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Sovereign SugarIndustry and Environment in Hawaii$
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Carol A. MacLennan

Print publication date: 2014

Print ISBN-13: 9780824839499

Published to Hawaii Scholarship Online: November 2016

DOI: 10.21313/hawaii/9780824839499.001.0001

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PRINTED FROM HAWAII SCHOLARSHIP ONLINE (www.hawaii.universitypressscholarship.com). (c) Copyright Hawaii University Press, 2022. All Rights Reserved. An individual user may print out a PDF of a single chapter of a monograph in HSO for personal use.date: 03 July 2022

Sugar’s Industrial Complex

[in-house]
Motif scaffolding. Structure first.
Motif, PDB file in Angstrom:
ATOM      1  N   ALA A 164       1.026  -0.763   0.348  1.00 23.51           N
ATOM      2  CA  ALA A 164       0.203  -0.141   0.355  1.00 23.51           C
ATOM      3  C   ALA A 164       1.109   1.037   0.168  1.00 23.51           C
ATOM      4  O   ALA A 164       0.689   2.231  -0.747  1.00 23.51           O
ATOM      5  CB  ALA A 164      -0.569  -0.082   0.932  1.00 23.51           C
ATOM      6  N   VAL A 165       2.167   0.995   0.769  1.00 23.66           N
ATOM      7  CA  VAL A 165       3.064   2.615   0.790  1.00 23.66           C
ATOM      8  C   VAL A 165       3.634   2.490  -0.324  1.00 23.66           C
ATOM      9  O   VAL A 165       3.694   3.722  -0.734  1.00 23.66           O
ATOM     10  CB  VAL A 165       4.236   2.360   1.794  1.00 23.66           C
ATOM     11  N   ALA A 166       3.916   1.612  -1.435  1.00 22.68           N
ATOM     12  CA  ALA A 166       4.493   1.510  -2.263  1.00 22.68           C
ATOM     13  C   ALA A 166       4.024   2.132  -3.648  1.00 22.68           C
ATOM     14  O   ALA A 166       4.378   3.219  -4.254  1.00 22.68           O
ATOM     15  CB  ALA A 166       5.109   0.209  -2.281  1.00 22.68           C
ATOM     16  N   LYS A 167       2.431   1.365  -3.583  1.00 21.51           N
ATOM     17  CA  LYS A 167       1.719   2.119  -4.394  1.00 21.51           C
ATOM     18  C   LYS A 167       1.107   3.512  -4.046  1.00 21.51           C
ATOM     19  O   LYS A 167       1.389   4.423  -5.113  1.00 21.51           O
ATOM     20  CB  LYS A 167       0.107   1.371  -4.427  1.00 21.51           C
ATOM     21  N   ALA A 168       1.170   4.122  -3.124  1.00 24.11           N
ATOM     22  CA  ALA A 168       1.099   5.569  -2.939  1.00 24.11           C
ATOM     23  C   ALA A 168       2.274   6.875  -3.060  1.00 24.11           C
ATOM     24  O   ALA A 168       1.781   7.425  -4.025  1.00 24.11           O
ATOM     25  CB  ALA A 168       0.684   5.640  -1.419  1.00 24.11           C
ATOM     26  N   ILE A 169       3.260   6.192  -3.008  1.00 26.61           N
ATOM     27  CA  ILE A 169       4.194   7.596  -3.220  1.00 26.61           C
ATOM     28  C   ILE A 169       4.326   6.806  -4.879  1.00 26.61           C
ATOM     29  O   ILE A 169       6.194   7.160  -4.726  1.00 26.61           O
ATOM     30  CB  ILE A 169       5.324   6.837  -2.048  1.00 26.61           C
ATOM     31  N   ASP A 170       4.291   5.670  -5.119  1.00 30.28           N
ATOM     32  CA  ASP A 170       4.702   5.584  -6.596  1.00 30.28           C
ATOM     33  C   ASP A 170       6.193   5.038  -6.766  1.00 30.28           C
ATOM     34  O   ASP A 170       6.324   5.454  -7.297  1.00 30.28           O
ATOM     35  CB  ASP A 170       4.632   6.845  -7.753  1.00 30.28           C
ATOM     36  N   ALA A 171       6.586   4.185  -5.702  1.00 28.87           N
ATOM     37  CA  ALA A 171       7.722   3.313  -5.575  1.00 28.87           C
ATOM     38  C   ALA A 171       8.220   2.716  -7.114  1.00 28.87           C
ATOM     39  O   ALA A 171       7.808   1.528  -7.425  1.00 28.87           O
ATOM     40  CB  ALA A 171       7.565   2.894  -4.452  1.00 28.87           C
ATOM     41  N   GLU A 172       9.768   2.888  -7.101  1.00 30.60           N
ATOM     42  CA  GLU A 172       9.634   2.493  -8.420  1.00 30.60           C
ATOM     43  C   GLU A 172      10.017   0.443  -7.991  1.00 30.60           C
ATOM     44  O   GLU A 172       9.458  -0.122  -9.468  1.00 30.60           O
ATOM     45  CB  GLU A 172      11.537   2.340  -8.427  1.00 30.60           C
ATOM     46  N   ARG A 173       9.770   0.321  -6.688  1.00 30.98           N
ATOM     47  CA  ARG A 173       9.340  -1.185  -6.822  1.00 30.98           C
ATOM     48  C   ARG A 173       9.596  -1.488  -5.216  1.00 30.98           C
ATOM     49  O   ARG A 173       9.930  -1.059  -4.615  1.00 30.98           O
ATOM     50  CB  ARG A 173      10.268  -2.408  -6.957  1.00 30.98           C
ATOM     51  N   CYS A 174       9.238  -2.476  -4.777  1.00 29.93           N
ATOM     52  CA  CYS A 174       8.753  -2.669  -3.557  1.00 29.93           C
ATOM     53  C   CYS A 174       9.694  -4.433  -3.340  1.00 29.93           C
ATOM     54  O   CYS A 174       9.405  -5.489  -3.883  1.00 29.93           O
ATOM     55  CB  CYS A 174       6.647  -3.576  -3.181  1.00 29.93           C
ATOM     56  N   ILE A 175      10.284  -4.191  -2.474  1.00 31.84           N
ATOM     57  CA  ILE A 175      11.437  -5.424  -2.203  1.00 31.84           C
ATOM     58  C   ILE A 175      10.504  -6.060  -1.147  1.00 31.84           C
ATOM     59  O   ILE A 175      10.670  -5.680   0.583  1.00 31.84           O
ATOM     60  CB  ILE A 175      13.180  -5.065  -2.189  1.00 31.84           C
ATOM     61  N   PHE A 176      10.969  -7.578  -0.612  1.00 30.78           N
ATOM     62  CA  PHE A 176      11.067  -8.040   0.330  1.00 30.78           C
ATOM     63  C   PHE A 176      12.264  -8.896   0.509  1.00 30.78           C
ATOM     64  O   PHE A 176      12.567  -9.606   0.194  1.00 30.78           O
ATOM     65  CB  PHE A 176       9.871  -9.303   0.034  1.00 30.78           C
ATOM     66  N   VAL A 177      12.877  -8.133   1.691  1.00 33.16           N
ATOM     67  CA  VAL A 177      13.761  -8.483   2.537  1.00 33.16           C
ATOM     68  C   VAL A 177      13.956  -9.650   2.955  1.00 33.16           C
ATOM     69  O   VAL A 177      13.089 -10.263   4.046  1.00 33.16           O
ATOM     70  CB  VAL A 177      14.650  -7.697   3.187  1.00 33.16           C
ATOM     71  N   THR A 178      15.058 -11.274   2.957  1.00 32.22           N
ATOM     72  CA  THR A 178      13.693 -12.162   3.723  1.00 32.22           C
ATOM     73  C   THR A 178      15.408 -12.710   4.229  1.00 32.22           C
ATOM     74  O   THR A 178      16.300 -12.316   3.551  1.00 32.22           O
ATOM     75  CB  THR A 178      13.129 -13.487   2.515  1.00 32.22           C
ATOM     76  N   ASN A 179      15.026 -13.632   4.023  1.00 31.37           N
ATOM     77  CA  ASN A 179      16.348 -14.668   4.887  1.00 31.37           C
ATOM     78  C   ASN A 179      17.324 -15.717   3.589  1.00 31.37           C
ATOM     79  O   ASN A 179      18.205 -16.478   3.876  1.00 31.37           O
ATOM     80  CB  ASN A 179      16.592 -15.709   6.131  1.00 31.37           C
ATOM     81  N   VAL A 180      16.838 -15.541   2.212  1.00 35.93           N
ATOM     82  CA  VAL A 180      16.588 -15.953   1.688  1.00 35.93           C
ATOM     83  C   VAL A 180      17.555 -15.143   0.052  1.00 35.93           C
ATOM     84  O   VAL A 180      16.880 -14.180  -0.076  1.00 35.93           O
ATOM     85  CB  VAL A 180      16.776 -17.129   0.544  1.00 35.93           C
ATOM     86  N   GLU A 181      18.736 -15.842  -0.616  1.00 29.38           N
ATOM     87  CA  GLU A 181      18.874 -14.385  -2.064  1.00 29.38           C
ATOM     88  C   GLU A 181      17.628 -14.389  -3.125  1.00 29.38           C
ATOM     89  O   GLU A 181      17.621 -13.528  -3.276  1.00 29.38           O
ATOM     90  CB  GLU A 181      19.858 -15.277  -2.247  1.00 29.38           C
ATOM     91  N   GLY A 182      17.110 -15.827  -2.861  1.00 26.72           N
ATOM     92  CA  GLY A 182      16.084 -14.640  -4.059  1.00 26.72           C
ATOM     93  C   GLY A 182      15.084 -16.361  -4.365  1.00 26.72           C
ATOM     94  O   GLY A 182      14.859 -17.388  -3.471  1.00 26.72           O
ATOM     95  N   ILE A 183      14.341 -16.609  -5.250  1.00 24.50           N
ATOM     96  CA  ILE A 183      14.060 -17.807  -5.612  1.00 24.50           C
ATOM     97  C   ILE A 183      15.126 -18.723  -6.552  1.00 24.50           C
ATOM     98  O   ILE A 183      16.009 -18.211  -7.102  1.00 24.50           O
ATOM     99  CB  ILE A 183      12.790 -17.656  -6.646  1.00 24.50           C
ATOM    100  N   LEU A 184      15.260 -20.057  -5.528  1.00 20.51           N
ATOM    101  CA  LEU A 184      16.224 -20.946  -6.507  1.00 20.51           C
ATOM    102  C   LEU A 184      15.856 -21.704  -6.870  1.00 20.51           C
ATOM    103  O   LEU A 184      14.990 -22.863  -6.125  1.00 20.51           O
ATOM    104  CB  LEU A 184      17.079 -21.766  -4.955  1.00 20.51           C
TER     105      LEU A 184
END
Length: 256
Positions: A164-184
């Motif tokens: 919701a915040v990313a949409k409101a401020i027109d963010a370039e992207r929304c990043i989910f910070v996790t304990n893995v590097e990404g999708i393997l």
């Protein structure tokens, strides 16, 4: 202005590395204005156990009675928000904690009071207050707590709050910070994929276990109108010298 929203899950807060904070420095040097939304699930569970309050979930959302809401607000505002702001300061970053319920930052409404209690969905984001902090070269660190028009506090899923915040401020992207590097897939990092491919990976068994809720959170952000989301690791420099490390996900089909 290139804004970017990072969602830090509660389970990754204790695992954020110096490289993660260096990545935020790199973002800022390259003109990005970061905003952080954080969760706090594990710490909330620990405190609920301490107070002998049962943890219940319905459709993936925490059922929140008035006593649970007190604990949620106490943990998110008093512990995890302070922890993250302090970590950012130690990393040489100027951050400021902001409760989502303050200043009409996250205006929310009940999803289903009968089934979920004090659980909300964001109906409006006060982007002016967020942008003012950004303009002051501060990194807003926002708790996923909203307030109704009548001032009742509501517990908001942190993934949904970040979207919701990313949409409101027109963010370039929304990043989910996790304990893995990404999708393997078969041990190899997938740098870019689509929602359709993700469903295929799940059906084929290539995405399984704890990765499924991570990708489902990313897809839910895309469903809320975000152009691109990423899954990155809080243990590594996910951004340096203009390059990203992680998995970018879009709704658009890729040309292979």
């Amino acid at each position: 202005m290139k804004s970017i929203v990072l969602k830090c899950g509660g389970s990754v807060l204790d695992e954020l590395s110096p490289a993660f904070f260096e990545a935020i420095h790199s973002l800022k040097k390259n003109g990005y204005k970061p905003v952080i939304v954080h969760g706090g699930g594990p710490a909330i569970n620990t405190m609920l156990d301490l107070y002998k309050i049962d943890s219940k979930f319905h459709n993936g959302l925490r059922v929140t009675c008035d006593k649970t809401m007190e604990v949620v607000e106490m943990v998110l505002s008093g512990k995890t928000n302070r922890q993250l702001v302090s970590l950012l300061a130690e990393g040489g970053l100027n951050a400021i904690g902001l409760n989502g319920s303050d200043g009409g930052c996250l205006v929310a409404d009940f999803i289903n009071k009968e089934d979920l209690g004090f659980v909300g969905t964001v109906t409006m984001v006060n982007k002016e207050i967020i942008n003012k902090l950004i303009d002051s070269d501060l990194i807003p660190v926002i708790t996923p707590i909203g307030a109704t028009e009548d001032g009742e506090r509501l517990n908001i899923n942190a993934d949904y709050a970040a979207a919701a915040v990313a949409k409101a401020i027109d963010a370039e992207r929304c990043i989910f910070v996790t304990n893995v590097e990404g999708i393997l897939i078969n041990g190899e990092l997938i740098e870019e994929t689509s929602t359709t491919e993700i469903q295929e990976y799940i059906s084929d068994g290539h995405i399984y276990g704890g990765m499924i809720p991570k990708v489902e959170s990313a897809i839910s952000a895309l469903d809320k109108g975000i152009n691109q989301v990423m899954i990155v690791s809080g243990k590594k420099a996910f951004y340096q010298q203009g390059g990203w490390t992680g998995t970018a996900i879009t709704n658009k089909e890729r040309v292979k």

Sugar’s Industrial Complex

Chapter:
(p.145) Seven Sugar’s Industrial Complex
Source:
Sovereign Sugar
Author(s):

Carol A. MacLennan

Publisher:
University of Hawai'i Press
DOI:10.21313/hawaii/9780824839499.003.0008

This chapter chronicles the rise of the industrial plantation, which formed the core of a vast sugar-making complex that spread throughout the islands. Beginning in the 1880s, the industrial plantation changed a mixed agricultural and trade-oriented landscape into one organized by the needs of sugar. Fifty years later, this dominant industrial system drew heavily from the forests and waters of interior island ecologies. It populated cane (and pineapple) growing districts largely with communities of noncitizen workers. And to a great extent, it directed the natural resource policies of the territorial government. To chart the origins of this industrial system, the chapter starts with the plantation and then investigates how it drew from forest and land to expand its domain.

Keywords:   industrial plantation, industrial system, interior island ecology, cane growing districts, natural resource policy

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